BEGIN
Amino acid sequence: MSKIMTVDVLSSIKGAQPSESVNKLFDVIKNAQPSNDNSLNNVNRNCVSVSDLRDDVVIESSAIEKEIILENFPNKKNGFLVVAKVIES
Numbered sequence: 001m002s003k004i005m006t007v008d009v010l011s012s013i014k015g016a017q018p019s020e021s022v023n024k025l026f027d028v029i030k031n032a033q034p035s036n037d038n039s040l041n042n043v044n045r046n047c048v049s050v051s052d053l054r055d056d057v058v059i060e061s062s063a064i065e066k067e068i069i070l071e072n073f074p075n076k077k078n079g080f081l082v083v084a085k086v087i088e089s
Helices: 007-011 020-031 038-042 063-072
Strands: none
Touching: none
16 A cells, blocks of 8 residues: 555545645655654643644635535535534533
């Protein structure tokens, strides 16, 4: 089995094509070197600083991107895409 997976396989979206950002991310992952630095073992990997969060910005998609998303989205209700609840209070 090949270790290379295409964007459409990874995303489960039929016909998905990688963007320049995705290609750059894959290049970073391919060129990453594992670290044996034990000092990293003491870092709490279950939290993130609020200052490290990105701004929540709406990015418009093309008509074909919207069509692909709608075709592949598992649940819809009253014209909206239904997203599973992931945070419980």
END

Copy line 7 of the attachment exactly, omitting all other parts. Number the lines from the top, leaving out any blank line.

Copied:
């Protein structure tokens, strides 16, 4: 089995094509070197600083991107895409 997976396989979206950002991310992952630095073992990997969060910005998609998303989205209700609840209070 090949270790290379295409964007459409990874995303489960039929016909998905990688963007320049995705290609750059894959290049970073391919060129990453594992670290044996034990000092990293003491870092709490279950939290993130609020200052490290990105701004929540709406990015418009093309008509074909919207069509692909709608075709592949598992649940819809009253014209909206239904997203599973992931945070419980």